To Paul: this is how you spent the day you turned 16 months old.
I hear from you at 6:45, a plaintive keen, but I’m still working on breakfast so let you sit. You seize the opportunity for another sleep cycle, and when I come in at 7:15 to retrieve a singing Annie, you sleep through the whole production. I pick you up at 7:30 when she’s already tucking into breakfast. We discuss your new socks for the day—frogs, ribbit—and get you into some pants for the cold weather.
You eat all your grapes and covet Annie’s, reaching toward her and squawking angrily. You are perfectly capable of signing “more” and “please,” but I have no luck prompting you, so I wash another handful of grapes and engage in what feels exactly like a dog-training exercise. “Please,” I help you sign, and then hand you a grape. You eat it and grin. “Please,” we sign again, and you get another one. It does the trick.
You have a small meltdown when I can’t fit your sweater over your head—you want it, badly, but either it’s shrunk in the wash or your 95th-percentile head has grown even larger. You have a thing for all adornments right now, even if socks and shoes still come first in your heart. We persevere, however, and head out. A backhoe digging a hole in the neighbor’s yard provides unanticipated entertainment, and we all watch wide-eyed while it demolishes part of the sidewalk. Then it’s into the car with our cups full of toast, and off to school.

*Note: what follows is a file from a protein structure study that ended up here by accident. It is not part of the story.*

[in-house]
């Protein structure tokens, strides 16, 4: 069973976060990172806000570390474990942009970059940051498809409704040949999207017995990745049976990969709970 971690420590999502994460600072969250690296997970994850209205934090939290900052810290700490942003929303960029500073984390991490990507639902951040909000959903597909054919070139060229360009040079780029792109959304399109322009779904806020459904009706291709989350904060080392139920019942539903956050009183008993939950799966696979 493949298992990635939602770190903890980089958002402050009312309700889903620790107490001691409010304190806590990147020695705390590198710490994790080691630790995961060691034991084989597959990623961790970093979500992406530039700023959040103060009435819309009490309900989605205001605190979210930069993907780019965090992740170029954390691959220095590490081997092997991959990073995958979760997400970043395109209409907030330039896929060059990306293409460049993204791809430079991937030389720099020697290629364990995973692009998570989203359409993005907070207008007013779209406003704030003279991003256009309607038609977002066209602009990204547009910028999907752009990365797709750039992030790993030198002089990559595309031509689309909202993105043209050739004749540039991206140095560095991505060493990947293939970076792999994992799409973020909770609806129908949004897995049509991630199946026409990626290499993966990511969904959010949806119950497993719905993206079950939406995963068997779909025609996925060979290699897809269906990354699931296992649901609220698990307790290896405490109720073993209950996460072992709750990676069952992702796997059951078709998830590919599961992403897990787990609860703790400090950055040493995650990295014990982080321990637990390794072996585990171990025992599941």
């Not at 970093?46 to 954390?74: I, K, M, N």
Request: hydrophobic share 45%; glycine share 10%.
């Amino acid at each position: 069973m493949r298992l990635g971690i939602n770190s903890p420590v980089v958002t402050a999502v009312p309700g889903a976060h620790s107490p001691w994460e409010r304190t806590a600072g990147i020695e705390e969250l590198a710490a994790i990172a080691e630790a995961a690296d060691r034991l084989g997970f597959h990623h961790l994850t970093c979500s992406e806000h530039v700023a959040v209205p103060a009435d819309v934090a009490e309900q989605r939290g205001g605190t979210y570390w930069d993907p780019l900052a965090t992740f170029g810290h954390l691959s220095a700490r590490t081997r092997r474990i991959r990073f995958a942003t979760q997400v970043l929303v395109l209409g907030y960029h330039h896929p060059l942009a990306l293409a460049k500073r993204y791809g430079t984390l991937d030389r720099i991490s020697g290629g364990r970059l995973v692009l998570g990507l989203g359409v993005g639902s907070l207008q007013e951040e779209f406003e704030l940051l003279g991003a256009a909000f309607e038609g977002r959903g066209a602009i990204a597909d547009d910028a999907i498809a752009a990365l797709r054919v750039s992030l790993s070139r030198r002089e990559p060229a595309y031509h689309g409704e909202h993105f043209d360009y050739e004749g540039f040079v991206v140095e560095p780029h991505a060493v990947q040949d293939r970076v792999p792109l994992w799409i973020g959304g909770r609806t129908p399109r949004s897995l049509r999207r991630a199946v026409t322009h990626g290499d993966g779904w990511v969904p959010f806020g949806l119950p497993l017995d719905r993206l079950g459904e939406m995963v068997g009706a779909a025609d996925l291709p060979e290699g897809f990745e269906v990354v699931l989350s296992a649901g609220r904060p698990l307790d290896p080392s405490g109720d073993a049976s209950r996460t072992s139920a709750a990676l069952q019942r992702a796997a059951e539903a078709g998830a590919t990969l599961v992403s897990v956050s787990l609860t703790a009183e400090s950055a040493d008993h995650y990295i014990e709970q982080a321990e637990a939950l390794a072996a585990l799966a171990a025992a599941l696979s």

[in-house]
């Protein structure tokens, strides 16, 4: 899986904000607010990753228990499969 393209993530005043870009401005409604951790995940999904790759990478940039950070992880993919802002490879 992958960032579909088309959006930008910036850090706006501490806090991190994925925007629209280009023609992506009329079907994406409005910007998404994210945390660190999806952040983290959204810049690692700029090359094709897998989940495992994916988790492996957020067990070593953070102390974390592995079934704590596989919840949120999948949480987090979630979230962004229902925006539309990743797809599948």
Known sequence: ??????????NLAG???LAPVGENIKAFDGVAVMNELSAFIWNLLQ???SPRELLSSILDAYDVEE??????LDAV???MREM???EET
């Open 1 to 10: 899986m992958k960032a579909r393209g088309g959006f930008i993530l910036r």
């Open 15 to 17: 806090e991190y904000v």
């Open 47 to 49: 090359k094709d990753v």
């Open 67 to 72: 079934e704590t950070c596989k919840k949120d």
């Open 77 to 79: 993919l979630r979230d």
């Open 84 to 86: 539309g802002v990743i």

Outside the Bumblebees class, I set you in a chair, and Annie takes off your shoes and puts them in the drawer. We walk you into class and leave you with Ms. Leah on the mat. She helps you take off the hard-won sweater as we say goodbye.
You unfortunately have a very rough morning at school. Leah calls me at 9 to ask about the state of your ear infection (you’re on Day 8 of a second course of antibiotics) because you are crying inconsolably, thrashing too hard for a temperature reading, and tugging at your ears. I talk with Jennifer at 10, who says you’ve had ups and downs but only really calmed down when she walked around with you outside the class. Poor fellow. I authorize ibuprofen and ask to stay in touch.
You cheer up substantially; enjoy a full lunch of sloppy joe, oranges, and broccoli; poop; and nap for two hours. Perhaps this combination turns around your mood—your afternoon is normal and happy.
Ms. Shanna picks you up and brings you home for dinner, playtime, and a bath. When I arrive at 6:30, you run to me and back your butt up into my lap for a cuddle. I sit on the mat by the front door while you bring me tubs of play-doh and ask me to roll it between my hand to make balls. This causes you to chuckle in delight.
At 7:15, we mosey upstairs, where you immediately apply yourself to some legos but are lured into my lap again by the promise of books. We name all the pictures in 100 First Animals and speed-read Pete the Cat and his Cool, Blue, Magic Sunglasses. I thread your arms into your sleep sack, sing the song, lay you in your crib, and tell you I love you. Night night, Mr. Paul!